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Discussion Starter #1
42708188_2086599044984386_988946581027815424_n.jpg

So I found a parts bike with a kickstarter cheaper than the kit, aiming to pick it up this weekend. Looks like YZ80/85 forks though. I know the conventional ones have been discussed here but I'm curious if there would be any benefits to these inverted ones. Not sure how much travel they have or if the spring rates are enough, etc. I'm guessing it'd be limited in wheels and tires without lacing up something else to the hub, and without custom triples it's probably too narrow for a TW front tire.

What say you folks? Let's hope the engine and/or kicker shaft and such are at least worth it.
 

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Interesting find! As you pointed out, the only easy way to utilize these forks would be to swap the whole front end. This would give you a skinny front tire, but also a better (?) front disc brake. Could be a fair tradeoff.

The rear wheel, swingarm and the engine parts (head, cylinder, output shaft, etc.) are always worth some money. Sounds like you made a good deal.
 

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Discussion Starter #6
Looking at the spring rates available for a later model YZ80, I think the stiffest available would be .33kg/mm which isn't very promising. I sort of expected as much, given what it's coming from. Just guessing but it looks like the 17" rim on it now, but yes, 19" wheels were also available. With around 10" of travel it might be nice in the woods at a mellow pace but probably a lot of pogo action at higher speeds or on the street.
 

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Discussion Starter #7
Once I finally got some time to have a look, I measure the front tire, saw that it was actually a 21", and knew that AllBalls don't have a bearing for a bike like that to convert onto a TW200. Inspected the steering tube, saw upper bearings were too big to fit. Got a part number off a fork and find they're 43mm WP forks from a 2000-2002 KTM EXC 200. I'm very temped to have a bushing of some sort worked out so that I can use a conversion bearing of a common size, as the KTM bearing sizes are a little odd. It will be some time before I can get around to fooling with it, the way things are looking.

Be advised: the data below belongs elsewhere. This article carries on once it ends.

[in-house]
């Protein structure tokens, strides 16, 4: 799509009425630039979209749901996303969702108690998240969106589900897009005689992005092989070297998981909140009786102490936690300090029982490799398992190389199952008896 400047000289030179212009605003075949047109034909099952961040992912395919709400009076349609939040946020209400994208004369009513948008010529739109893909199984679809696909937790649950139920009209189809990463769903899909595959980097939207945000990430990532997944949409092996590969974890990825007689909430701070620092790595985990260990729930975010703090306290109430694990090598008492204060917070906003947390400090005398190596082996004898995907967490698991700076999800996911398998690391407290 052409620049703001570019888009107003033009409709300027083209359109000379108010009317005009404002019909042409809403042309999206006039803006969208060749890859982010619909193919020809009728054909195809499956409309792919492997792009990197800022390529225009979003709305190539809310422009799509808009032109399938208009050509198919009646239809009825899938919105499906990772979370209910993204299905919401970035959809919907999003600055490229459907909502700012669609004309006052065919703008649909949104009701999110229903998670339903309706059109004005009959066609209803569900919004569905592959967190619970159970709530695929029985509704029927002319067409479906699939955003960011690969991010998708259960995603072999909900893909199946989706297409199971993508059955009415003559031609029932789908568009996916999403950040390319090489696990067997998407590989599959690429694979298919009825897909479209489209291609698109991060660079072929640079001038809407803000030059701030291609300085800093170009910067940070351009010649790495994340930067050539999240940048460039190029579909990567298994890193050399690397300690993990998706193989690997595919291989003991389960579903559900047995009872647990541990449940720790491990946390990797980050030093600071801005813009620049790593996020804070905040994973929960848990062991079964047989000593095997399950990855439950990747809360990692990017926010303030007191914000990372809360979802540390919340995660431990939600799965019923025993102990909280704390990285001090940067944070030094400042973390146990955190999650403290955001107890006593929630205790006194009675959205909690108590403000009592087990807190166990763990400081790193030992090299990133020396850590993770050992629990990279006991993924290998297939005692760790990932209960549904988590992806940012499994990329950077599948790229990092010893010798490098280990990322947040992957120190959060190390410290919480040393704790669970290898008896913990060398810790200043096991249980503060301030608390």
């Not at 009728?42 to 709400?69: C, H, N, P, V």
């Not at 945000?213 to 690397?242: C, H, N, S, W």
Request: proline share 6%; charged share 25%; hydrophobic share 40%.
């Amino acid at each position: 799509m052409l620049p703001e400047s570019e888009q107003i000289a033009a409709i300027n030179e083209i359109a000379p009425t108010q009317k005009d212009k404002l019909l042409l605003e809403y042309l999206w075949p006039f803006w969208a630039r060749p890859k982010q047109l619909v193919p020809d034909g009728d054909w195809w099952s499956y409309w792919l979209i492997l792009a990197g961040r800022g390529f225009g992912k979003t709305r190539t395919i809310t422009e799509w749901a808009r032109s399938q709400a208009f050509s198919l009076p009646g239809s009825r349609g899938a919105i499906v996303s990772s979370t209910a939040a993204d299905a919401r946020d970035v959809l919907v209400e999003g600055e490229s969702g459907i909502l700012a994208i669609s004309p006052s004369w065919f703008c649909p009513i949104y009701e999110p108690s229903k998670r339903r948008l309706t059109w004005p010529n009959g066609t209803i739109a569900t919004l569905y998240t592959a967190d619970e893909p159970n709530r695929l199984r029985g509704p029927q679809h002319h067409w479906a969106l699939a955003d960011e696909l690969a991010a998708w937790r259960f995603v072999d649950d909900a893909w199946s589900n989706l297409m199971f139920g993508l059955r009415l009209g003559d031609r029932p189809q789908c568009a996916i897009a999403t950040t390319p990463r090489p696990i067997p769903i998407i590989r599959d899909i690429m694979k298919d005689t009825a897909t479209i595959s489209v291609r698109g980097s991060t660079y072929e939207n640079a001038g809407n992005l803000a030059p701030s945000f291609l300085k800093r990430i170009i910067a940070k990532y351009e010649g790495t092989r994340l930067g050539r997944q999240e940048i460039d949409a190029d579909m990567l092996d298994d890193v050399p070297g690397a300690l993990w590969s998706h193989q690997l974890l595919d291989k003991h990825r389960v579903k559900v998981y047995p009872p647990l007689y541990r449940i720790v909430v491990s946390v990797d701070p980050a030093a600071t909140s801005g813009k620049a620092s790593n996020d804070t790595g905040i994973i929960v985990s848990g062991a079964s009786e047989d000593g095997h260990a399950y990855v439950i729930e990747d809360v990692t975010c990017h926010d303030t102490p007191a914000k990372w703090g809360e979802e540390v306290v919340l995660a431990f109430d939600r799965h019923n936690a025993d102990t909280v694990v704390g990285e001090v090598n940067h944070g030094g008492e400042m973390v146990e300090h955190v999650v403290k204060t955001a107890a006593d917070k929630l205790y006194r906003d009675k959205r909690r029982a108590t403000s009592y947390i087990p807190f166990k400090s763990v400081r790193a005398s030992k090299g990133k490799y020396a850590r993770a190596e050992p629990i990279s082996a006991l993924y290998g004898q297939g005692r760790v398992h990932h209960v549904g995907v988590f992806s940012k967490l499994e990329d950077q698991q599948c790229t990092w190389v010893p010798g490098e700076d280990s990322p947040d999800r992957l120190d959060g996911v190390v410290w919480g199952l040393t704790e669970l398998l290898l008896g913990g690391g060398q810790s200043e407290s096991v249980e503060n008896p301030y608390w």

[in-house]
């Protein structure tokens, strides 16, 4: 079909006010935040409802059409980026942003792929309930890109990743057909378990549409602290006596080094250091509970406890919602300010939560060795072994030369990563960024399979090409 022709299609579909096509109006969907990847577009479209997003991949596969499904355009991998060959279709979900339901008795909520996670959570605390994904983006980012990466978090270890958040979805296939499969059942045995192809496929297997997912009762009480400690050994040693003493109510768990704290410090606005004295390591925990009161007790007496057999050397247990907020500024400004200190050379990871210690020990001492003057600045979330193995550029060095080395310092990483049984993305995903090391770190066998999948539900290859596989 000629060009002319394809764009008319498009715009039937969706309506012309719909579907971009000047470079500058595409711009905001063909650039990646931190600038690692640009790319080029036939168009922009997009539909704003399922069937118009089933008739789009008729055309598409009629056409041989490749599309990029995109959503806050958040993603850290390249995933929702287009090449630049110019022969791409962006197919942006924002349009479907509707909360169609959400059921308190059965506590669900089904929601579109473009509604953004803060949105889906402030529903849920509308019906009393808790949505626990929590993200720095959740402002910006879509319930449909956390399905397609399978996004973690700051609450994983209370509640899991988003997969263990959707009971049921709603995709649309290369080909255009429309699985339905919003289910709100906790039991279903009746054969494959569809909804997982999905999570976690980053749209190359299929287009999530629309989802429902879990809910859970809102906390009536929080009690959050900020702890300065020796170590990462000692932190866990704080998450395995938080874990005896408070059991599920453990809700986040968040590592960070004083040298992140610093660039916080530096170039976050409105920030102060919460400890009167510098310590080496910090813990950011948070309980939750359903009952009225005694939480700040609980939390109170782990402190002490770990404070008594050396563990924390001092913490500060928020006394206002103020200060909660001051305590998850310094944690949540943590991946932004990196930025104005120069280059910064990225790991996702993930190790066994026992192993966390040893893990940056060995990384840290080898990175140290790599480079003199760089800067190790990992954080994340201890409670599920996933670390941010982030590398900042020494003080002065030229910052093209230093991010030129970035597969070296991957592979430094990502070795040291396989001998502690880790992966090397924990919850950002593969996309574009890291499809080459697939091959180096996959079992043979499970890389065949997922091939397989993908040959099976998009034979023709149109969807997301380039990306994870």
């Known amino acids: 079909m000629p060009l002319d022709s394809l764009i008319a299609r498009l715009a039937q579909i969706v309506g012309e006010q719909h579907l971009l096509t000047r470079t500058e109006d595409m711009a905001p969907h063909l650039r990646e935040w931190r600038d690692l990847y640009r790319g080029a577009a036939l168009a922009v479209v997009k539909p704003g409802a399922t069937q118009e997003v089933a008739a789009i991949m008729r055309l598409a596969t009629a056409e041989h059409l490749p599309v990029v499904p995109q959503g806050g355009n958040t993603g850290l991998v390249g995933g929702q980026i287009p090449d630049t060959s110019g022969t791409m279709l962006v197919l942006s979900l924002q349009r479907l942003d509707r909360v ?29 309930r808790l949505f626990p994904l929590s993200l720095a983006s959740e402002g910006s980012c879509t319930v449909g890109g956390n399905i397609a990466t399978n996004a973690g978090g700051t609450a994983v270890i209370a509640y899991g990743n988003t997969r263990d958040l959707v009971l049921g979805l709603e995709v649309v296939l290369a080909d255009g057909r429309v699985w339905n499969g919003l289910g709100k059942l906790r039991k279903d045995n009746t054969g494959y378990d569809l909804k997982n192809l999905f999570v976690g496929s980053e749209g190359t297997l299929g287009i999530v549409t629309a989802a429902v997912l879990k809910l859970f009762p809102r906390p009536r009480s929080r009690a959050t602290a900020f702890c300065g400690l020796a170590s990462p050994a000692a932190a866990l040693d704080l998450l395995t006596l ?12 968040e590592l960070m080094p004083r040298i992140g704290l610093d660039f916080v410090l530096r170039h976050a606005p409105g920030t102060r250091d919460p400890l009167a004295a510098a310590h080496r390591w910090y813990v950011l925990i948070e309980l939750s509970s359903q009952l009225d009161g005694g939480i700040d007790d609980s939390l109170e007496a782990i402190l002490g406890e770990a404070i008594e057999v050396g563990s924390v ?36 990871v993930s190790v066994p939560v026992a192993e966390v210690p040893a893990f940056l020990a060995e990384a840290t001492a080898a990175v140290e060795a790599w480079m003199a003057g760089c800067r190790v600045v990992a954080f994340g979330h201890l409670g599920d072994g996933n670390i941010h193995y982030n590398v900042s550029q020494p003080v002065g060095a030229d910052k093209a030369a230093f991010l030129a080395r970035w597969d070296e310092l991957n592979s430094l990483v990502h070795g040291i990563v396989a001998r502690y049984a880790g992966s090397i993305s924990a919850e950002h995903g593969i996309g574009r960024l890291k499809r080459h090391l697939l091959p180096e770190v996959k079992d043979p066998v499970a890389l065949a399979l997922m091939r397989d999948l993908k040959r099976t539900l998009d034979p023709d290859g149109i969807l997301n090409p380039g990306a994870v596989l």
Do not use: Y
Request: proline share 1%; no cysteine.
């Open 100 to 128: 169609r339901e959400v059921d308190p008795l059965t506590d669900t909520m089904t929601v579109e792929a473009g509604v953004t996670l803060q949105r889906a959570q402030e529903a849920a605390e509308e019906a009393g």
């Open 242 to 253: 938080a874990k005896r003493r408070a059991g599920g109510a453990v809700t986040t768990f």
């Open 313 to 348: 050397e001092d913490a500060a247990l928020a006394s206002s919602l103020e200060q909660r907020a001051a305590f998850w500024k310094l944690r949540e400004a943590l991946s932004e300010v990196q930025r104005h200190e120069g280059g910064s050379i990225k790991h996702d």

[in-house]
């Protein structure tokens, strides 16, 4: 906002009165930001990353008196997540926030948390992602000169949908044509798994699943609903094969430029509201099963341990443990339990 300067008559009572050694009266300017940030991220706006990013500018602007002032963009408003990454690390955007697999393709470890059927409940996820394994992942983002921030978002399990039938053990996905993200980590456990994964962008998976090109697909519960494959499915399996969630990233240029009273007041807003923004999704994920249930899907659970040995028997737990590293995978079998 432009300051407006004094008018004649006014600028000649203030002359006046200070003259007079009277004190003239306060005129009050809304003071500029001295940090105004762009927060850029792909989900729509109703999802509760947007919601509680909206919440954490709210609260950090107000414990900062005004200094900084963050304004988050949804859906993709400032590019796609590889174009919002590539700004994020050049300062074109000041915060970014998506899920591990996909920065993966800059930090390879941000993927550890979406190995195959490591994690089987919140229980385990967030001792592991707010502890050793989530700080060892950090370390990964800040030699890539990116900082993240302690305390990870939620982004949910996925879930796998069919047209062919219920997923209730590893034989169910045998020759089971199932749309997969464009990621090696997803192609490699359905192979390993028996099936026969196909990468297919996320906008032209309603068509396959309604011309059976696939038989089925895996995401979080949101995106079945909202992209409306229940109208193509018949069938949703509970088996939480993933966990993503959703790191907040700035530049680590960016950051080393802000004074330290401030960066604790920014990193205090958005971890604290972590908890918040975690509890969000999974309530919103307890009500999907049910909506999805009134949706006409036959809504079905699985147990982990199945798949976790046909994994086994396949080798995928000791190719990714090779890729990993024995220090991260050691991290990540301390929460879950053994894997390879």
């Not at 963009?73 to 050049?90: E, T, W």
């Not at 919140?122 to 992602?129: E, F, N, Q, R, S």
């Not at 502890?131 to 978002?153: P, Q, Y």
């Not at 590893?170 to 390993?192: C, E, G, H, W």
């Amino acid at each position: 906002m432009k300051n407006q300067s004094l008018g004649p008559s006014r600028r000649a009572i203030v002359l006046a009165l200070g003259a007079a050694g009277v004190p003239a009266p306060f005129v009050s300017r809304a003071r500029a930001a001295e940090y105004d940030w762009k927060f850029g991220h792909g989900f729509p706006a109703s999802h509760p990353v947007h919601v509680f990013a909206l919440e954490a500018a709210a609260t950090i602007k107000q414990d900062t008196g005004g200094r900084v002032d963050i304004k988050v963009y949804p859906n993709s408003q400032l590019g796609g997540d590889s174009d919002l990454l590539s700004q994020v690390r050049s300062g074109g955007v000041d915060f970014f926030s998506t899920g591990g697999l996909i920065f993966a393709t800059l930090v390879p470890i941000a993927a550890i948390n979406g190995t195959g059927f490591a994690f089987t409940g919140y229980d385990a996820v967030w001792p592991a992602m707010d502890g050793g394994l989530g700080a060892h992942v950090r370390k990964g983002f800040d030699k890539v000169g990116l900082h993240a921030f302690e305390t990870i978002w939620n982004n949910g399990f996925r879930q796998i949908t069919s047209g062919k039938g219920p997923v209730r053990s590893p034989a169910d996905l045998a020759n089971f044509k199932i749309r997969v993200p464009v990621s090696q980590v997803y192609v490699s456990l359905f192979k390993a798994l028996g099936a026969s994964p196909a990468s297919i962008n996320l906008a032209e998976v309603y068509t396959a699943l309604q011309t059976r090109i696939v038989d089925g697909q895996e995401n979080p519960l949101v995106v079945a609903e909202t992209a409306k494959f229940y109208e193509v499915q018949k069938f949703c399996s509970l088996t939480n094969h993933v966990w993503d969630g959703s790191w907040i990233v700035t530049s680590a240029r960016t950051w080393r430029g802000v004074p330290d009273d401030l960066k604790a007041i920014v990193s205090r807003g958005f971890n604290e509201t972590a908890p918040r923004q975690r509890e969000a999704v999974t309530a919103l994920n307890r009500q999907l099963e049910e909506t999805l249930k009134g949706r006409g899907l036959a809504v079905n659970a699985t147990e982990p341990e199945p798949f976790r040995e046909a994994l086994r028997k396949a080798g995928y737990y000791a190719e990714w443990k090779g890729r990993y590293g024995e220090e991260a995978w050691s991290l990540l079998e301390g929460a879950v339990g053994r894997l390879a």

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They would definitely be an upgrade vs stock. Good luck with the conversion. Would really like to hear your thoughts when you get it sorted.
 

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Better forks will make the TW much safer and confidence inspiring at speed off-road. The stock TW suspension seems the wall one runs into when pushing the TW hard before noticing the inadequacies in engine or brakes. The way Gerry built my Mr.Gizmo bike with Tri-Z forks allows it to sail through ruts and loft front over water bars with confidence. On the stock TW these situations require panic braking or result in fear of crashing if don't slow down in time.
What a difference a few extra inches makes.
 

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That's what she said!
 

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Discussion Starter #11 (Edited)
I'll hopefully get ahold of some Tri-Z forks soon, but I'm also looking at some inverted forks from a KX500. The KX or KTM routes would limit me to a 21" front unless I relace a hub, any route will require a taller rear so I'd need to collect the relevant parts there as well. I may decide I don't want to try any of it and instead get springs and emulators for the stock forks. It's a little overwhelming thinking about the nickel-and-dime stuff that it would take to swap front ends, but I am awfully curious. Boring the triples out for Tri-Z forks would probably be a bit cheaper but it seems like I would need a digital speedometer either way.
 

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That's what she said!

I've said that myself. Hehe. But seriously I've bent my levers too many times and that extra clearance could save a lot of bent levers.
 

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Anything can be made to work with enough time and money thrown at it. At some point it's asking more of a TW than it was designed for. For me I would not do more than springs ,emulator and at most an aftermarket shock. If I want more than that I need a different bike. That said it's fun to tweak the TW. But I'd rather ride it within its limits and get my new KTM when I can afford it. The trick is to ride with other guys on TWs so you aren't left in the dust on a long whoop section
 
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